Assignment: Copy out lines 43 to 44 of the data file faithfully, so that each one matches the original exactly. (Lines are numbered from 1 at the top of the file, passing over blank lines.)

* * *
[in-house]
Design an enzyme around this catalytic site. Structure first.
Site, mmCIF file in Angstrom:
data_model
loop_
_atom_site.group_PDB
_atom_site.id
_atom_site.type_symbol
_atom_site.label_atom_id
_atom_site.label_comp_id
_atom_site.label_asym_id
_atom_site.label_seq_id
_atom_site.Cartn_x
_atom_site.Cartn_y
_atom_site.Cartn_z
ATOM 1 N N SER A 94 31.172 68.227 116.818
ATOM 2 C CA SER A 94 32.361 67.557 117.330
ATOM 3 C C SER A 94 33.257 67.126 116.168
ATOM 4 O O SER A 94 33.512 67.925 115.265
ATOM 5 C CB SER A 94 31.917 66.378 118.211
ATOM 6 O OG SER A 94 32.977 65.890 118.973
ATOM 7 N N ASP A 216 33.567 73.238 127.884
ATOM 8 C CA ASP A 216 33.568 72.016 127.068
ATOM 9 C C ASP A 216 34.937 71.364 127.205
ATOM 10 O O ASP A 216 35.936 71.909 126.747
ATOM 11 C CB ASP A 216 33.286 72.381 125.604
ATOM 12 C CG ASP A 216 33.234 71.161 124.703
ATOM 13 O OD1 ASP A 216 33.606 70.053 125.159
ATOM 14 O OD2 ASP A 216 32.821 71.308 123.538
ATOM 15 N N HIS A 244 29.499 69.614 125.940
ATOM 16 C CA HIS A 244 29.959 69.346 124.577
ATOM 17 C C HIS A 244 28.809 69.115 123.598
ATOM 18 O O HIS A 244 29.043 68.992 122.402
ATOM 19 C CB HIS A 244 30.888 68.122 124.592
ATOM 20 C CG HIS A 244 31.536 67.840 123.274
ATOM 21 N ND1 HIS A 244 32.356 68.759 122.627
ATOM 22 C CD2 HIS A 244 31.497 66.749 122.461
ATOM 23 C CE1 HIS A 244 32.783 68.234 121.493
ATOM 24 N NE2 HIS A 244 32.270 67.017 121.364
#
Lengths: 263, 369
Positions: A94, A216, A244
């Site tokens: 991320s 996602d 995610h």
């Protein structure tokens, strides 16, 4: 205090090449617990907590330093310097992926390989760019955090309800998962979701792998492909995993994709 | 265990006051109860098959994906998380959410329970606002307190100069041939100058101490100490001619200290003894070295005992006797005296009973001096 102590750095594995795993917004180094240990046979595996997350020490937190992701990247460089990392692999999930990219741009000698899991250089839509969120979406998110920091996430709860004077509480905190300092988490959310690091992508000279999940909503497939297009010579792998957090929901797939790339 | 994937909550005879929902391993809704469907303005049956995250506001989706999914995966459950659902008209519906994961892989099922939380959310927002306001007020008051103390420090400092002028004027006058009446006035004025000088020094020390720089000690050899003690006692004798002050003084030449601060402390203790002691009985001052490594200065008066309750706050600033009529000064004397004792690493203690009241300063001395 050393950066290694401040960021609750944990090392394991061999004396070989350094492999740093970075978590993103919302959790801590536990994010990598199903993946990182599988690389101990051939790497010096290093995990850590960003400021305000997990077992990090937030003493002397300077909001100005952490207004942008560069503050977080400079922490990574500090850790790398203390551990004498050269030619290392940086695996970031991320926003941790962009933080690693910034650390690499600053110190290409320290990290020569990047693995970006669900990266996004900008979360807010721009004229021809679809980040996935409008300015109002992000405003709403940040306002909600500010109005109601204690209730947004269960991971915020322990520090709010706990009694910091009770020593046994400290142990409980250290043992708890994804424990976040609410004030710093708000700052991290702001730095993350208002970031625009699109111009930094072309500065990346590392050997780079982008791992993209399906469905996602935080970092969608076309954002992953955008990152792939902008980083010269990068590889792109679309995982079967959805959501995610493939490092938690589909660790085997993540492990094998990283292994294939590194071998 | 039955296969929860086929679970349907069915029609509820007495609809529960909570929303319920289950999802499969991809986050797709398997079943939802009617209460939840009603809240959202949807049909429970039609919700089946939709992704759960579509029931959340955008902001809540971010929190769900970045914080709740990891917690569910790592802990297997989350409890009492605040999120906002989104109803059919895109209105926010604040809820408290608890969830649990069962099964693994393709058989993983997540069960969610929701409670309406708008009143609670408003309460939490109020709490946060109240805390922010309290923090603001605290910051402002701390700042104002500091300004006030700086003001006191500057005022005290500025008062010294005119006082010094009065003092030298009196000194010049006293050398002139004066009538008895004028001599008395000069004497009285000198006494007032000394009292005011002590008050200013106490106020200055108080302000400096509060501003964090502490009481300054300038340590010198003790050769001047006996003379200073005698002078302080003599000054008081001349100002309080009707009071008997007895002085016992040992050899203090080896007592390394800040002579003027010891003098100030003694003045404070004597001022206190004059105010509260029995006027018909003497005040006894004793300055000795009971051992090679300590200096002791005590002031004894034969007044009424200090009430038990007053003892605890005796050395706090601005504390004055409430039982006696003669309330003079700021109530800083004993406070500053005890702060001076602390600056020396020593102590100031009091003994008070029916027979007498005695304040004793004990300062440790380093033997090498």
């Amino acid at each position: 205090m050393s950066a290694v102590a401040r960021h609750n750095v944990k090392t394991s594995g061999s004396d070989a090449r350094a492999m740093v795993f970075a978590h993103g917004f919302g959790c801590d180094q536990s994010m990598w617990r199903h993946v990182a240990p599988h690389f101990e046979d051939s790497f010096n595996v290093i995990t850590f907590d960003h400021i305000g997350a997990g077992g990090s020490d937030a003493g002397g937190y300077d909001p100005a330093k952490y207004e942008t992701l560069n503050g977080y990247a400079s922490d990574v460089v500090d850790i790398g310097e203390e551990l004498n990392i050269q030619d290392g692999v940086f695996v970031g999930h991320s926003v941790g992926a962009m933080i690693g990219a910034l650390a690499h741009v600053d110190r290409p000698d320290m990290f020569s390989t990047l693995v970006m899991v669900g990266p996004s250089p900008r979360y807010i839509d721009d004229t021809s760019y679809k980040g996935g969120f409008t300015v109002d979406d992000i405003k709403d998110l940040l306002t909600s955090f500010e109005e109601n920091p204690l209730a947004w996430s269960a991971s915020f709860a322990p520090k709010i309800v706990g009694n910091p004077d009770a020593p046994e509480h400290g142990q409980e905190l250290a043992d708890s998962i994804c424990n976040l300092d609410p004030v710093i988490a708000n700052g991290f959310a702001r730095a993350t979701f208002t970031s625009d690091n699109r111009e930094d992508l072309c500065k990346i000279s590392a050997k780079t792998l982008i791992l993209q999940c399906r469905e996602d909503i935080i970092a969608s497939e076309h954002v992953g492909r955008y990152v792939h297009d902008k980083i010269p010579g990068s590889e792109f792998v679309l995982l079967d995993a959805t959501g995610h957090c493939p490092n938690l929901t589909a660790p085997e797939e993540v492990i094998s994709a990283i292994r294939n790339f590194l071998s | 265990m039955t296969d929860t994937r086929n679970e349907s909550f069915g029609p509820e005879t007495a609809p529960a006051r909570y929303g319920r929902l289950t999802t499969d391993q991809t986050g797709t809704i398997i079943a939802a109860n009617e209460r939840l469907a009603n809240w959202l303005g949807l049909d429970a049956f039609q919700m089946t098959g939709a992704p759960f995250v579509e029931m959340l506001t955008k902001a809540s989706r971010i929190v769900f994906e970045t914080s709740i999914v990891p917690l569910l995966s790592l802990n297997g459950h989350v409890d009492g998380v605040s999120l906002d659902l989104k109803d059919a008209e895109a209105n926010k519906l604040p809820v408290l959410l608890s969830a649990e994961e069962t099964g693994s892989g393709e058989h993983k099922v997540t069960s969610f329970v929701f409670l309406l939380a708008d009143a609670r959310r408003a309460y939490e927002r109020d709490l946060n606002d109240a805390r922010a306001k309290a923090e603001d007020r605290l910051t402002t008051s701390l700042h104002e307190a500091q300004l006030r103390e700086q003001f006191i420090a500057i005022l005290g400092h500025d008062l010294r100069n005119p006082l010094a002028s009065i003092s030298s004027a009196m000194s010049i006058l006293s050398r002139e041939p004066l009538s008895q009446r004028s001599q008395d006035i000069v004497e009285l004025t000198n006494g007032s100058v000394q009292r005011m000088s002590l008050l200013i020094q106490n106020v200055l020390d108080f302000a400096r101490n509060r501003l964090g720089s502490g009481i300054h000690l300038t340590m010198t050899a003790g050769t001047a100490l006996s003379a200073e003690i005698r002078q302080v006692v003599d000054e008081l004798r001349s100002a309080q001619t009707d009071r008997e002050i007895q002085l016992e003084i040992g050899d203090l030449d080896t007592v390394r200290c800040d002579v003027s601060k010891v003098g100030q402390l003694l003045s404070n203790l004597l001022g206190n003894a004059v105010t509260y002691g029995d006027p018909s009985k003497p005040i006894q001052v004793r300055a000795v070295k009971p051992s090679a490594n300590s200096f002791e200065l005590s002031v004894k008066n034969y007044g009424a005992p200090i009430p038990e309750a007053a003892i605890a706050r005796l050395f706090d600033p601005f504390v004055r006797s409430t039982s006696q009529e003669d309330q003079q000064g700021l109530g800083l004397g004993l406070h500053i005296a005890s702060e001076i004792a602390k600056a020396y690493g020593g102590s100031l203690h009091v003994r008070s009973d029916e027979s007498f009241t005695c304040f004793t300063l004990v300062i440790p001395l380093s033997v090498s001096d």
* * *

């Site tokens: 991320s 996602d 995610h």
């Protein structure tokens, strides 16, 4: 205090090449617990907590330093310097992926390989760019955090309800998962979701792998492909995993994709 | 265990006051109860098959994906998380959410329970606002307190100069041939100058101490100490001619200290003894070295005992006797005296009973001096 102590750095594995795993917004180094240990046979595996997350020490937190992701990247460089990392692999999930990219741009000698899991250089839509969120979406998110920091996430709860004077509480905190300092988490959310690091992508000279999940909503497939297009010579792998957090929901797939790339 | 994937909550005879929902391993809704469907303005049956995250506001989706999914995966459950659902008209519906994961892989099922939380959310927002306001007020008051103390420090400092002028004027006058009446006035004025000088020094020390720089000690050899003690006692004798002050003084030449601060402390203790002691009985001052490594200065008066309750706050600033009529000064004397004792690493203690009241300063001395 050393950066290694401040960021609750944990090392394991061999004396070989350094492999740093970075978590993103919302959790801590536990994010990598199903993946990182599988690389101990051939790497010096290093995990850590960003400021305000997990077992990090937030003493002397300077909001100005952490207004942008560069503050977080400079922490990574500090850790790398203390551990004498050269030619290392940086695996970031991320926003941790962009933080690693910034650390690499600053110190290409320290990290020569990047693995970006669900990266996004900008979360807010721009004229021809679809980040996935409008300015109002992000405003709403940040306002909600500010109005109601204690209730947004269960991971915020322990520090709010706990009694910091009770020593046994400290142990409980250290043992708890994804424990976040609410004030710093708000700052991290702001730095993350208002970031625009699109111009930094072309500065990346590392050997780079982008791992993209399906469905996602935080970092969608076309954002992953955008990152792939902008980083010269990068590889792109679309995982079967959805959501995610493939490092938690589909660790085997993540492990094998990283292994294939590194071998 | 039955296969929860086929679970349907069915029609509820007495609809529960909570929303319920289950999802499969991809986050797709398997079943939802009617209460939840009603809240959202949807049909429970039609919700089946939709992704759960579509029931959340955008902001809540971010929190769900970045914080709740990891917690569910790592802990297997989350409890009492605040999120906002989104109803059919895109209105926010604040809820408290608890969830649990069962099964693994393709058989993983997540069960969610929701409670309406708008009143609670408003309460939490109020709490946060109240805390922010309290923090603001605290910051402002701390700042104002500091300004006030700086003001006191500057005022005290500025008062010294005119006082010094009065003092030298009196000194010049006293050398002139004066009538008895004028001599008395000069004497009285000198006494007032000394009292005011002590008050200013106490106020200055108080302000400096509060501003964090502490009481300054300038340590010198003790050769001047006996003379200073005698002078302080003599000054008081001349100002309080009707009071008997007895002085016992040992050899203090080896007592390394800040002579003027010891003098100030003694003045404070004597001022206190004059105010509260029995006027018909003497005040006894004793300055000795009971051992090679300590200096002791005590002031004894034969007044009424200090009430038990007053003892605890005796050395706090601005504390004055409430039982006696003669309330003079700021109530800083004993406070500053005890702060001076602390600056020396020593102590100031009091003994008070029916027979007498005695304040004793004990300062440790380093033997090498």